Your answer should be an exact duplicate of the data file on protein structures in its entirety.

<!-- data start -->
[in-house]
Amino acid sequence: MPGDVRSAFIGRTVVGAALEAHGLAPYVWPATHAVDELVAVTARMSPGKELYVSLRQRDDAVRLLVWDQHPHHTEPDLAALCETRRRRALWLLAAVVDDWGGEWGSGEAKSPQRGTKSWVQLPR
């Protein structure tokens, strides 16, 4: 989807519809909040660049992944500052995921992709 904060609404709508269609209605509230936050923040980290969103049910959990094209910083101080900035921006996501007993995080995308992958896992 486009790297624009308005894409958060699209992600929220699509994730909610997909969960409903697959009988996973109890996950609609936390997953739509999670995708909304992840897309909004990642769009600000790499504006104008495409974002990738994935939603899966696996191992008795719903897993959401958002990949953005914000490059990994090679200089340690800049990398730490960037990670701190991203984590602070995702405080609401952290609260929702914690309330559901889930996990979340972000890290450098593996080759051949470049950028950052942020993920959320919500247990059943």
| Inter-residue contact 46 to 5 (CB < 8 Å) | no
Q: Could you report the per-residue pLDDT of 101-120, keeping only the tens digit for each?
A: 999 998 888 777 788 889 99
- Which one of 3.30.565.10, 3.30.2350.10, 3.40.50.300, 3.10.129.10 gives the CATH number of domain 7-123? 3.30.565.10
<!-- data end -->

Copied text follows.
[in-house]
Amino acid sequence: MPGDVRSAFIGRTVVGAALEAHGLAPYVWPATHAVDELVAVTARMSPGKELYVSLRQRDDAVRLLVWDQHPHHTEPDLAALCETRRRRALWLLAAVVDDWGGEWGSGEAKSPQRGTKSWVQLPR
């Protein structure tokens, strides 16, 4: 989807519809909040660049992944500052995921992709 904060609404709508269609209605509230936050923040980290969103049910959990094209910083101080900035921006996501007993995080995308992958896992 486009790297624009308005894409958060699209992600929220699509994730909610997909969960409903697959009988996973109890996950609609936390997953739509999670995708909304992840897309909004990642769009600000790499504006104008495409974002990738994935939603899966696996191992008795719903897993959401958002990949953005914000490059990994090679200089340690800049990398730490960037990670701190991203984590602070995702405080609401952290609260929702914690309330559901889930996990979340972000890290450098593996080759051949470049950028950052942020993920959320919500247990059943």
| Inter-residue contact 46 to 5 (CB < 8 Å) | no
Q: Could you report the per-residue pLDDT of 101-120, keeping only the tens digit for each?
A: 999 998 888 777 788 889 99
- Which one of 3.30.565.10, 3.30.2350.10, 3.40.50.300, 3.10.129.10 gives the CATH number of domain 7-123? 3.30.565.10